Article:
I must have misunderstood this:


I'd agree with this, Neomonist, while adding that wholeness also involves the right kind of relationship between the brain/mind and the world.


.


 




Yes, I think you did.

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2 years ago  ::  Apr 20, 2012 - 1:41PM #75
Neomonist
Posts: 2,670

Apr 20, 2012 -- 3:06AM, Namchuck wrote:


Apr 19, 2012 -- 5:07PM, Neomonist wrote:


Apr 19, 2012 -- 4:00PM, Namchuck wrote:


Apr 19, 2012 -- 10:19AM, Neomonist wrote:


Apr 19, 2012 -- 2:57AM, Namchuck wrote:


Apr 18, 2012 -- 8:08PM, Neomonist wrote:


Apr 18, 2012 -- 7:37PM, williejhonlo wrote:


I believe in what David Chalmers  said, "It's not looking very likely that we're going to reduce the mind to the brain. In fact, there may be systematic reasons to think that  there will always be a gulf between the physical and the mental."


The fact that you have so many detractors in the mind and brain connection debate means that there is uncertainty from all sides.




The Mind/Brain dichotomy is nothing more than a logical paradox. Wholeness is neither Mind nor Brain, it is a Mind<->Brain Unity.


I'd agree with this, Neomonist, while adding that wholeness also involves the right kind of relationship between the brain/mind and the world.


 









There you go again, postulating a dichotomy where there is none in an existential sense. Wholeness is a mind<->brain<->world Oneness




I think that is what I said. Smile





I must have misunderstood this:


I'd agree with this, Neomonist, while adding that wholeness also involves the right kind of relationship between the brain/mind and the world.


.


 




Yes, I think you did.





Thanks.

Standard Disclaimer: This is just my 2cents worth.
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2 years ago  ::  Apr 20, 2012 - 2:02PM #76
williejhonlo
Posts: 3,389

Apr 19, 2012 -- 4:06PM, Namchuck wrote:


Apr 19, 2012 -- 12:15PM, williejhonlo wrote:


Apr 19, 2012 -- 2:46AM, Namchuck wrote:


Apr 18, 2012 -- 8:27PM, williejhonlo wrote:


Apr 18, 2012 -- 8:08PM, Neomonist wrote:


Apr 18, 2012 -- 7:37PM, williejhonlo wrote:


I believe in what David Chalmers  said, "It's not looking very likely that we're going to reduce the mind to the brain. In fact, there may be systematic reasons to think that  there will always be a gulf between the physical and the mental."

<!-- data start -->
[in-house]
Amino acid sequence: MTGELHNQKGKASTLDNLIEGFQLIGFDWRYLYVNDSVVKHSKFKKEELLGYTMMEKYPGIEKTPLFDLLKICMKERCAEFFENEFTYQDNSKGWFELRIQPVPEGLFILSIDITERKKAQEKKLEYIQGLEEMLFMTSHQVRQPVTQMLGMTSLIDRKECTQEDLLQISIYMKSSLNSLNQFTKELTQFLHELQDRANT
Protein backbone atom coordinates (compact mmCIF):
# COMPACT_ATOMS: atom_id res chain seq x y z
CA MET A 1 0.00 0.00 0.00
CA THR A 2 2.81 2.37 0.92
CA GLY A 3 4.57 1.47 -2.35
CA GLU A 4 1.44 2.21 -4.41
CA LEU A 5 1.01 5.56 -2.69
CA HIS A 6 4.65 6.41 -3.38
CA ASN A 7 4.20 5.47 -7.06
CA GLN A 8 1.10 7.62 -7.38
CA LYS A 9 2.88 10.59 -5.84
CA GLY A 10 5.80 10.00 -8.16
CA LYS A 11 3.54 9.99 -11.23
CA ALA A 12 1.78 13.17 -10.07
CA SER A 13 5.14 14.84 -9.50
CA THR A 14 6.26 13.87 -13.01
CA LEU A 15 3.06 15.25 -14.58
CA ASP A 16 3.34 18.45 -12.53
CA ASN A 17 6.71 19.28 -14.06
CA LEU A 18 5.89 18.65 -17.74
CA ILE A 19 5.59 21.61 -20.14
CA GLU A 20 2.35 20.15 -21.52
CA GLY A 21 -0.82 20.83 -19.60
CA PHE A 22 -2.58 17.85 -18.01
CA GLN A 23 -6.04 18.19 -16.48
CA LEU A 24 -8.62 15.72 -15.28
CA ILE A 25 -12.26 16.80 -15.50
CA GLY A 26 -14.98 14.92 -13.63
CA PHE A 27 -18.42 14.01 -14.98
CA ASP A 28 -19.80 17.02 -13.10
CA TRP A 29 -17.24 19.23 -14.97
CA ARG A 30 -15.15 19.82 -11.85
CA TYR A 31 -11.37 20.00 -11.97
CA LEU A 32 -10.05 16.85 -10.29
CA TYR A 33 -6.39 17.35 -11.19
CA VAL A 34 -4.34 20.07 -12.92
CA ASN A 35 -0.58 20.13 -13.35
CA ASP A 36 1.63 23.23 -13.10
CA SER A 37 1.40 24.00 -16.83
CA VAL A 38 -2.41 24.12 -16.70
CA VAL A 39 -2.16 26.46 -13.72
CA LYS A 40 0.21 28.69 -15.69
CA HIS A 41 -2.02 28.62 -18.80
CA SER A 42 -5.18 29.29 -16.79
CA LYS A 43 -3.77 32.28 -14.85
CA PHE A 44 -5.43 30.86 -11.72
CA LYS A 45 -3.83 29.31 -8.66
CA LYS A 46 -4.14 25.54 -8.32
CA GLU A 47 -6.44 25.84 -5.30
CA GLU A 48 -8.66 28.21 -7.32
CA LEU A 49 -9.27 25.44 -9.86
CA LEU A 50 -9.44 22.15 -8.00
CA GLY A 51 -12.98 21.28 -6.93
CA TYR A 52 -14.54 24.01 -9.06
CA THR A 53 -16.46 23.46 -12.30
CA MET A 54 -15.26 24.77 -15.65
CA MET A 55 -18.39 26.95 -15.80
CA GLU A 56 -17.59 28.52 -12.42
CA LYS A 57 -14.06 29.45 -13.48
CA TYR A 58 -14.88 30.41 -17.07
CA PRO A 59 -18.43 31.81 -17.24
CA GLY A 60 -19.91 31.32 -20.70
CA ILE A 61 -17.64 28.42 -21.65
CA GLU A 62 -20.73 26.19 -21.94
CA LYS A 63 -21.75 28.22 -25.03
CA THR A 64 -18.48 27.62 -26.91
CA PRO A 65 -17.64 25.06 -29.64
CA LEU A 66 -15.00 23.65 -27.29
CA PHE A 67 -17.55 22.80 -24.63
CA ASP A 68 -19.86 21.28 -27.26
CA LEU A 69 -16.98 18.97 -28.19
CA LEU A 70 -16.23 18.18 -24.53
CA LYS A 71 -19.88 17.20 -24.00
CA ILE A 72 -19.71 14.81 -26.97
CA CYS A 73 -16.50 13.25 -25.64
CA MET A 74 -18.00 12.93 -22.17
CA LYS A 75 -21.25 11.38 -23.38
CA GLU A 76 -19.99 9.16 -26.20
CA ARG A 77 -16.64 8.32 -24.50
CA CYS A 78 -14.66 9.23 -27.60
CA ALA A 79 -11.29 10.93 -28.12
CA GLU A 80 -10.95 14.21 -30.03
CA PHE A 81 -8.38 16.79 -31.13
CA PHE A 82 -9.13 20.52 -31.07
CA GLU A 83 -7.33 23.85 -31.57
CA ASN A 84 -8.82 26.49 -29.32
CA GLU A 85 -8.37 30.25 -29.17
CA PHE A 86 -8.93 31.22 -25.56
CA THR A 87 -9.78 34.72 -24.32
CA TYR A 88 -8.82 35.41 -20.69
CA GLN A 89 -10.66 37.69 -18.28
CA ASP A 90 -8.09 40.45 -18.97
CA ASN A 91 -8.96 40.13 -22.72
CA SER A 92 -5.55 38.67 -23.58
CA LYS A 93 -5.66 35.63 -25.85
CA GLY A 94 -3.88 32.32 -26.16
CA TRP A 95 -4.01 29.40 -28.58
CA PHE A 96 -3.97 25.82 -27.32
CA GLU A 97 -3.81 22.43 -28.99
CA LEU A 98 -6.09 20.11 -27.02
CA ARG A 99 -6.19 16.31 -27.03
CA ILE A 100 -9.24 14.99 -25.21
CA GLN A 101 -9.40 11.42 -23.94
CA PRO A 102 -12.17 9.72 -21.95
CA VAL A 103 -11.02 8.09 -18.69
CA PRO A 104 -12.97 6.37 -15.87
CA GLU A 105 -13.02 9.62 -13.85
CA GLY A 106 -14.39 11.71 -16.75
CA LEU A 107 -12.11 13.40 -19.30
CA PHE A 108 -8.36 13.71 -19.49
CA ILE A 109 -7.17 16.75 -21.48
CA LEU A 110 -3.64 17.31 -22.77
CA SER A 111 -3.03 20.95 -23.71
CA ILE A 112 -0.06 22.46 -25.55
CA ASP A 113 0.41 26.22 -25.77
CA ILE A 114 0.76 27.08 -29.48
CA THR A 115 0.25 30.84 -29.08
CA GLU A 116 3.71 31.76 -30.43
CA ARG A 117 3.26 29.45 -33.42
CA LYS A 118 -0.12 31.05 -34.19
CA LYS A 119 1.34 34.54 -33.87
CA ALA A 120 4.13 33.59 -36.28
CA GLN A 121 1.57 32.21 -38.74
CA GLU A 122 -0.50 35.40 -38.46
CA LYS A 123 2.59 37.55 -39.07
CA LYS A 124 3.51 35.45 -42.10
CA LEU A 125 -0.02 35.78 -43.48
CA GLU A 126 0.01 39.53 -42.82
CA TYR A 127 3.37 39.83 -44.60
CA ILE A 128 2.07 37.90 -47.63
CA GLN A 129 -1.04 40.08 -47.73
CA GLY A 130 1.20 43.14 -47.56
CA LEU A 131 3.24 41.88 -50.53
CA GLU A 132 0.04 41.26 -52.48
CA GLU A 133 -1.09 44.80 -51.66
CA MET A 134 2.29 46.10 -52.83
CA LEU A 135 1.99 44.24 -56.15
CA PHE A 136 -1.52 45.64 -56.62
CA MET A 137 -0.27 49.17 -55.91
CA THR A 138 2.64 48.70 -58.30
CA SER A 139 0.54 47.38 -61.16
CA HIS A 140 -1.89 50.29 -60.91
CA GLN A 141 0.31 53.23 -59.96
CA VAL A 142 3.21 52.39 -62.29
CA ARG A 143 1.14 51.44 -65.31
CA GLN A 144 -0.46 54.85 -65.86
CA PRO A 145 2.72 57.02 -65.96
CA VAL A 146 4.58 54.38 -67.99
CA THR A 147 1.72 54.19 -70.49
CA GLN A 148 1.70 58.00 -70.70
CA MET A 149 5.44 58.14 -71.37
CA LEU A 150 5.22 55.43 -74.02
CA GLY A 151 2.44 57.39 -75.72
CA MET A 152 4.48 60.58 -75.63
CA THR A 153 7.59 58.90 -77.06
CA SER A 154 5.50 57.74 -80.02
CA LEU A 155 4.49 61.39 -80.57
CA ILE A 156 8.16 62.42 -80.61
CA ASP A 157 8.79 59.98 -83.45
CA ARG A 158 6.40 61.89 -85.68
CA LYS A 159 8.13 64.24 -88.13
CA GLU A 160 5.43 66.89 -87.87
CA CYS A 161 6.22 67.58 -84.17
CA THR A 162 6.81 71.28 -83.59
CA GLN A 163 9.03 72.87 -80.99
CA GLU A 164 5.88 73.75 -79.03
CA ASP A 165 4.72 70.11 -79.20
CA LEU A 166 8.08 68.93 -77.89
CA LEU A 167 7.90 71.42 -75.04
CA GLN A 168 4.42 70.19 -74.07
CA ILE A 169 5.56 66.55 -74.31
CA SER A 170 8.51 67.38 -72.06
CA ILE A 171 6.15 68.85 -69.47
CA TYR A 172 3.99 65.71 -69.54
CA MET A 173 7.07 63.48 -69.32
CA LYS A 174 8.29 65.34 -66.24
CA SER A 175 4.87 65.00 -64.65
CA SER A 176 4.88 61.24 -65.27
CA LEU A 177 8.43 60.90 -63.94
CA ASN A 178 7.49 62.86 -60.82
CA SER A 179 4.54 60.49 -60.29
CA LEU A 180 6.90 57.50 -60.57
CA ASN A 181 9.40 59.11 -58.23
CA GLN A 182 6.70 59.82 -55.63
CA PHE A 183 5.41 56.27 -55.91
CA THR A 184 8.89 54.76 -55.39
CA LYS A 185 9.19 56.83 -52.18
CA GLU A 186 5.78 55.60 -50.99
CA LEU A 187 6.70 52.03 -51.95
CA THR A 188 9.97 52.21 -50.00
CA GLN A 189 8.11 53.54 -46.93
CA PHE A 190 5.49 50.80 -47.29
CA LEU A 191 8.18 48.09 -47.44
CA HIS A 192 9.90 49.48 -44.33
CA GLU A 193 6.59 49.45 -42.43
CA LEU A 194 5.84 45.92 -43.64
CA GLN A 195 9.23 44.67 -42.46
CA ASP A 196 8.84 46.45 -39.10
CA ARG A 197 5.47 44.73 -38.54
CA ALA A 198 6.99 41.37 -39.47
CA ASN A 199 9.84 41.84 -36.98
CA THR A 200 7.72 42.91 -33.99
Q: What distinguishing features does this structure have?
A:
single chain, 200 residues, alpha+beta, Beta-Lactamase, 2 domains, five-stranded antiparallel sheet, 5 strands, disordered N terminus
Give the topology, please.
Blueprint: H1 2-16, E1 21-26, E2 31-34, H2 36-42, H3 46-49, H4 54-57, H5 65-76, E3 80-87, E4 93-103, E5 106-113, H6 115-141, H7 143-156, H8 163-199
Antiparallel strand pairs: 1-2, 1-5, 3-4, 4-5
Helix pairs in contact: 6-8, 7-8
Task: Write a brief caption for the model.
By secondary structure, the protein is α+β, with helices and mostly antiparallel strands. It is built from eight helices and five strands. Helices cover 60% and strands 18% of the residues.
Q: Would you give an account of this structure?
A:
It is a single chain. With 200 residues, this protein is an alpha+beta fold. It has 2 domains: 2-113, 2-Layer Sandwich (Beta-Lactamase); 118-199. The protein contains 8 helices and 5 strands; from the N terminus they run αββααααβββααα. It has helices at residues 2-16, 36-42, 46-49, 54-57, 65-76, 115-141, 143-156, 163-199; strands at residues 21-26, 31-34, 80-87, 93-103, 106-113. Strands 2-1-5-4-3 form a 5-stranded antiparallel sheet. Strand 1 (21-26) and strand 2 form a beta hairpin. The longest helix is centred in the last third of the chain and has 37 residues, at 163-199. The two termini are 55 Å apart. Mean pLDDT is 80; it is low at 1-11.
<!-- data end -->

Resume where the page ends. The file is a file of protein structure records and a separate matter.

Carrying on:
The fact that you have so many detractors in the mind and brain connection debate means that there is uncertainty from all sides.




The Mind/Brain dichotomy is nothing more than a logical paradox. Wholeness is neither Mind nor Brain, it is a Mind<->Brain Unity.


Why would Wholeness need connectivity?


 



Yes, even in science they say that energy cannot be created or destroyed. If so, mind and consciousness can never be created or destroyed.




I think you're a little confused, williejhonlo.


The fact that energy cannot be destroyed doesn't imply that mind, or consciousness, cannot be a product of the brain, as it obviously is.


And I think the evidence is compelling that the mind can be reduced to the brain. There is certainly no compelling evidence pointing in the other direction. Wishful thinking; yes, evidence; no. The mind is what the brain does.



I think they say that energy can't be created as well.




Energy can't be created or destroyed, but most of its permutations are temporary. Consciousness is dependent on the brain that produces it.



Not all living things have brains but exhibit conscious behavior. No one can explain or show how something as ineffable or ethereal as consciousness or mind arises out of matter. IMHO the mind> brain debate fits in the same category as abiogenesis, it's a hypothesis.

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2 years ago  ::  Apr 20, 2012 - 2:16PM #77
williejhonlo
Posts: 3,389

Apr 19, 2012 -- 4:01PM, Namchuck wrote:


Apr 19, 2012 -- 12:37PM, williejhonlo wrote:


Apr 19, 2012 -- 3:23AM, Namchuck wrote:


You wrote, willejhonlo, that:


'Wisdom doesn't come from the brain, wisdom comes from experience.'



Wisdom comes from a brain capable of analysing and learning from its experiences.


I have not encountered the kind of "wisdom" that might come from the absence of a brain, have you?



This would go against epiphenomenalism whichs states that a nonphysical phenomena cannot act on anything physical.




What would go against epiphenomenalism?



The brain learning. Nothing innert can learn anything, could you actually teach your computer something?

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2 years ago  ::  Apr 21, 2012 - 1:33AM #78
koala972
Posts: 863

Apr 2, 2012 -- 12:00AM, Erey wrote:


Yes Namchuck,


I do have "emotional investments" into what I percieve as mysticism.  That is why I came to this board.  I came to the mysticism board to hear MORE about MYSTICISM, how others experience MYSTICISM.  I really did not come here to be told that I am an gulibile idiot and I need you to enlighten me that mysticism does not exist.